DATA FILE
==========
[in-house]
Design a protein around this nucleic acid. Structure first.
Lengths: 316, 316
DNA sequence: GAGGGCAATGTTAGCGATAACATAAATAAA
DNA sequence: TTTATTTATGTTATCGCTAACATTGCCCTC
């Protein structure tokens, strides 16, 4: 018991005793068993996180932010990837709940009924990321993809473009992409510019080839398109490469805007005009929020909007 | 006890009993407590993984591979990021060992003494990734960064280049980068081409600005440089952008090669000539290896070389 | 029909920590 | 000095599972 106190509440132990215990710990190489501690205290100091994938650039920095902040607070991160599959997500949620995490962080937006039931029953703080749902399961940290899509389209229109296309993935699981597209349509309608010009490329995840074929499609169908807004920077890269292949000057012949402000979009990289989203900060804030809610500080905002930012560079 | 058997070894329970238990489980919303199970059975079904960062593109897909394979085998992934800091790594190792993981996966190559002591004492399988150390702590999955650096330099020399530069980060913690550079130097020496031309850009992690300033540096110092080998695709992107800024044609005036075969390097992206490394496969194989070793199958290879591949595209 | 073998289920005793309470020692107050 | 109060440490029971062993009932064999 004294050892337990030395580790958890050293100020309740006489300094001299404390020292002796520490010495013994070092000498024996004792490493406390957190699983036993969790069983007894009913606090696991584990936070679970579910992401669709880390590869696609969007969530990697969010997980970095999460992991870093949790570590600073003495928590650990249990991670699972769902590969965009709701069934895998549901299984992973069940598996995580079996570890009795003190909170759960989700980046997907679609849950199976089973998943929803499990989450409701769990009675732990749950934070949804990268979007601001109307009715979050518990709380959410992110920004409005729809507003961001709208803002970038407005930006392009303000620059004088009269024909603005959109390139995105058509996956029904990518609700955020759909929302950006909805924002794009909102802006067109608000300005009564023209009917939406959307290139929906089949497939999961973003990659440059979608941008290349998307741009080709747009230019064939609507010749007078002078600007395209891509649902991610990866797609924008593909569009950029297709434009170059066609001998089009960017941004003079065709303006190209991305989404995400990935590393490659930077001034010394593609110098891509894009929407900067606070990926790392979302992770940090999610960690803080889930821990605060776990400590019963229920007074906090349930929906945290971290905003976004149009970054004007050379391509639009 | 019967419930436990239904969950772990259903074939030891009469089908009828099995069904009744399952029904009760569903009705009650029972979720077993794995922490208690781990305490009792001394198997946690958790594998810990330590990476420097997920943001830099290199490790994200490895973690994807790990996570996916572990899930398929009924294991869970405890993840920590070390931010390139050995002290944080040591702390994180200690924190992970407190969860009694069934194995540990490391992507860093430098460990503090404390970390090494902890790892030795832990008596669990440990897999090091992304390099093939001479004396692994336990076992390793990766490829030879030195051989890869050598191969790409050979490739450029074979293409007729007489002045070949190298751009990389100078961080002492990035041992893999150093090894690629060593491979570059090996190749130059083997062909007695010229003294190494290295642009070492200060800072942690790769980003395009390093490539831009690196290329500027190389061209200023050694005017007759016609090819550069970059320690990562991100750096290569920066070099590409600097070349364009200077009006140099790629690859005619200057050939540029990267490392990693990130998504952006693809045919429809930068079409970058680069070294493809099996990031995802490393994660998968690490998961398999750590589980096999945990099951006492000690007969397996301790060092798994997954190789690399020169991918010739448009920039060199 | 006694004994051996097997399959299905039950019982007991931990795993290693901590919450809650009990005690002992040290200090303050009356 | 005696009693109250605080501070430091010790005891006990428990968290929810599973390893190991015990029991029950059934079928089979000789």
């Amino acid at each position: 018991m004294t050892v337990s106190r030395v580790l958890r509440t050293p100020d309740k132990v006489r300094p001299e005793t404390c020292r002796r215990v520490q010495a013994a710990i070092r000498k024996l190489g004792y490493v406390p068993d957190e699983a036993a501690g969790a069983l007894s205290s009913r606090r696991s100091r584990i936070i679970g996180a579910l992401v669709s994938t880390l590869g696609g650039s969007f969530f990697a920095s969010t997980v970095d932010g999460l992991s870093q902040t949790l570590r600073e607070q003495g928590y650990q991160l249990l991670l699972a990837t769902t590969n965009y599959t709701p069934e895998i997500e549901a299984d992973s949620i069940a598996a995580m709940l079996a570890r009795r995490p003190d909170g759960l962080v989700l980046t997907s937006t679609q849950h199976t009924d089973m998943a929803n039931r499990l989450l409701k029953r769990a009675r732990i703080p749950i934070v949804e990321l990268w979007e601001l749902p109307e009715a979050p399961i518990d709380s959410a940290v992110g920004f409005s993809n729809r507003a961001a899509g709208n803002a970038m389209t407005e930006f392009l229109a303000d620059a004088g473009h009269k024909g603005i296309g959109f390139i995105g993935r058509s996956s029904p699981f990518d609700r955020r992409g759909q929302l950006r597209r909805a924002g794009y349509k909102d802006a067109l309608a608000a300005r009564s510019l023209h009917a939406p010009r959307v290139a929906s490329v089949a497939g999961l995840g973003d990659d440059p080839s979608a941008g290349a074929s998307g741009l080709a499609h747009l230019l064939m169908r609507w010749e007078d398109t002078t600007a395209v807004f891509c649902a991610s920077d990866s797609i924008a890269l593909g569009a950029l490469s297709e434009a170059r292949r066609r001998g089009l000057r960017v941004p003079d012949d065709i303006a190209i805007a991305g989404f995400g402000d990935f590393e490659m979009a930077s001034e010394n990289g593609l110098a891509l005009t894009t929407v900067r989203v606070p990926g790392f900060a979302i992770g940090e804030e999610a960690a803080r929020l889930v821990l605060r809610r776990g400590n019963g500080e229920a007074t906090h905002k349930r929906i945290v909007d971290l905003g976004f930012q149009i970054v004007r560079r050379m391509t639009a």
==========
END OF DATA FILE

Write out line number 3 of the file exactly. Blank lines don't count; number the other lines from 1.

Lengths: 316, 316